Droughts and devastating forest fires in Europe, hurricanes in the Caribbean, torrential rains in Asia: there is no doubt that climate change spares no region of the world. How much is tourism contributing to it? The online travel guide “Fodors” answers this question with a statistical value: “Travel is currently responsible for about eight percent of global greenhouse gas emissions.” According to this, tourism contributes significantly to the misery, both globally and locally: tourists not only make the cash registers ring, but also cause a lot of problems: Rubbish, water shortages, environmental damage and the loss of quality of life for the inhabitants of the respective destination – the keyword is overtourism.
For this year’s “No List”, “Fodors” has highlighted destinations whose visit should be reconsidered in 2023. They do not want this to be understood as a call for a boycott, but rather as food for thought for responsible travel. As a call to travellers to make decisions wisely.
These destinations are on the “No List”:
France is currently struggling with “dramatic” coastal erosion, the guide argues, which has more to do with the tourist rush than with climate change. Étretat in Normandy is used as an example: The small town’s sewage treatment plant had to be closed last year because it could not handle three times the number of visitors compared to the normal population. Even more worrying, he said, are the frequent landslides caused by too much foot traffic. The French north coast is not the only area that has suffered from excessive tourism, he said: In the Calanques National Park near Marseille, a daily limit of 400 visitors had to be introduced because of the high number of visitors.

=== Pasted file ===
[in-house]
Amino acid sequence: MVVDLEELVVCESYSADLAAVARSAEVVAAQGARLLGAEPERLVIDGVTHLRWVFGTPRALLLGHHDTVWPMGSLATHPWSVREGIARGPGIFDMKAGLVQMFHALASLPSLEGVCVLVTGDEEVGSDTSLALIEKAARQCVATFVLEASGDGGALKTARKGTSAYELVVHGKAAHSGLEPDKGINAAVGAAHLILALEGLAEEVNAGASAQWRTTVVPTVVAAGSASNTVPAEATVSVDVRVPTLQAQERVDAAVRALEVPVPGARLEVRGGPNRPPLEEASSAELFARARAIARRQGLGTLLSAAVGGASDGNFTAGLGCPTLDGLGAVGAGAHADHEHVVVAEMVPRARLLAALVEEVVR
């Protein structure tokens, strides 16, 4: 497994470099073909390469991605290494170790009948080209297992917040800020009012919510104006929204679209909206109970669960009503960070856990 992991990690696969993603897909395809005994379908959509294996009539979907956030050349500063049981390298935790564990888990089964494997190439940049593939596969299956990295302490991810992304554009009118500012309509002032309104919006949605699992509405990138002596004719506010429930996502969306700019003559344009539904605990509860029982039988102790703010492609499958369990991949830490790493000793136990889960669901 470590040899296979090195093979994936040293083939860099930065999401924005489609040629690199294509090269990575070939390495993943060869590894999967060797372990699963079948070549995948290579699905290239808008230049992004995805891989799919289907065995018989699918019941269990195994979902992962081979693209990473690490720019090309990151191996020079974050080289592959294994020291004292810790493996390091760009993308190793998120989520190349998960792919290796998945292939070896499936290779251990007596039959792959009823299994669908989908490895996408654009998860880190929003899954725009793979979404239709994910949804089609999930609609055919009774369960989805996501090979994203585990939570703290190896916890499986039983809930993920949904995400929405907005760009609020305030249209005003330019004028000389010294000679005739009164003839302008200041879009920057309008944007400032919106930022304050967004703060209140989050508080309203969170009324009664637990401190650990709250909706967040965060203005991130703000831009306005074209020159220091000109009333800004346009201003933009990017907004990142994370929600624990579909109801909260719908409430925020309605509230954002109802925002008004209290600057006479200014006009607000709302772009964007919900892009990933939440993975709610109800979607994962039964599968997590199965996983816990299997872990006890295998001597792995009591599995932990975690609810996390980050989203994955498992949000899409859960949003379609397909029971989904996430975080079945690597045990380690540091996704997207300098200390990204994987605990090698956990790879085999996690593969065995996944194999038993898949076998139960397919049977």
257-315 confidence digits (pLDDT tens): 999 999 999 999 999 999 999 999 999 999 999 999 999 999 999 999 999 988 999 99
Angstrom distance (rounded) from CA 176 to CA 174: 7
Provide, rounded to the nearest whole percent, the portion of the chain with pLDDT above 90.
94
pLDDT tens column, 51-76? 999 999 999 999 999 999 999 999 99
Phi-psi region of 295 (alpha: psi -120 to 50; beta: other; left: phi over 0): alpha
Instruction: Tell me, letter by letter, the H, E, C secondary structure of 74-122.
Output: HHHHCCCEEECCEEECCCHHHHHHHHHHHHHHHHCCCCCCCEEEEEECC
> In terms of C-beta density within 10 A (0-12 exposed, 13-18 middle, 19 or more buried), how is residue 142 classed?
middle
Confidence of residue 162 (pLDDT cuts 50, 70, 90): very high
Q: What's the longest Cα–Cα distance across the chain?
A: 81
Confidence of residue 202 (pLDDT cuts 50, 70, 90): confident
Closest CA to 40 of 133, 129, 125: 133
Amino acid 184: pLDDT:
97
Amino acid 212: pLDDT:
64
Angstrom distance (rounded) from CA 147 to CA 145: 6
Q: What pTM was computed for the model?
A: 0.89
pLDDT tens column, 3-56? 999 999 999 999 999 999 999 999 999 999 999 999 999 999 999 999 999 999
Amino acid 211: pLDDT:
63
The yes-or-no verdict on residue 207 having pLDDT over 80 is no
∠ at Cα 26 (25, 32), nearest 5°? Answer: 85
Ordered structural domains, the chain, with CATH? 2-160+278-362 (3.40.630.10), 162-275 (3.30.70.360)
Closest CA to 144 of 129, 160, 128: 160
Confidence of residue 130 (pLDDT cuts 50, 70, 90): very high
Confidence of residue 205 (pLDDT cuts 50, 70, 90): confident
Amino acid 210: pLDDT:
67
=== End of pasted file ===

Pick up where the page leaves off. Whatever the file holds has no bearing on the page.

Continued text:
Lake Tahoe, California, USA
“Lake Tahoe has a people problem,” notes “Fodors”. During the pandemic, many more people were travelling there than before. The result of the increased traffic: Lake Tahoe, known for its clear, blue water, has begun to cloud up due to the input of fine sediments and dirt particles. The problem has been recognised and those responsible are trying to get it under control, but they are in a quandary that is probably also causing headaches for many other tourist resorts: On the one hand, they want to protect nature, on the other hand, they don’t want to completely stifle tourism.
You don’t have to be an expert to imagine what it means when humans encroach on an ecosystem that is already massively threatened by climate change. Antarctica is not yet overrun, but even a little tourism is enormously damaging, reads “Fodors”. Even the journey to Antarctica has consequences for nature: exhaust fumes from ships and planes cause ice and snow to melt faster.
The lagoon city has a permanent place in all overtourism rankings: statistically, there are 370 tourists per inhabitant of Venice every year. In the city on the water, prone to flooding and rising sea levels, various measures are being taken to mitigate the effects of climate change and manage the flow of visitors. In the summer of 2021, large cruise ships (vessels weighing more than 25,000 tonnes) were banned from the historic centre to protect the lagoon’s fragile ecosystem. From 2023, Venice will charge an entrance fee of between three and ten dollars.
Amalfi Coast, Italy
Another overtourism hotspot in Italy is the Amalfi Coast with its picturesque coastal towns. In the high season of 2022, congestion in the region was so bad that it was decided to introduce its own system, as “Fodors” reports: Following the Colombian traffic policy “Pico y Placa”, drivers with number plates with odd final digits were only allowed to drive on odd days. Vehicles with even numbers were only allowed to drive between Vietri sul Mare and Positano on even days.
Traffic is also a major problem in Cornwall, it is reported: “The infrastructure is simply not there to cope with the number of visitors, making life unpleasant for locals in high season to say the least,” one local is quoted as saying. Narrow lanes, limited parking at some of the region’s most popular attractions would lead to traffic congestion, pollution and litter. Added to this is a housing crisis fuelled by short-term holiday rentals, driving up the cost of living. In recent years, he said, the situation has been so bad that the head of the tourism authority has urged visitors to avoid Cornwall’s beaches altogether.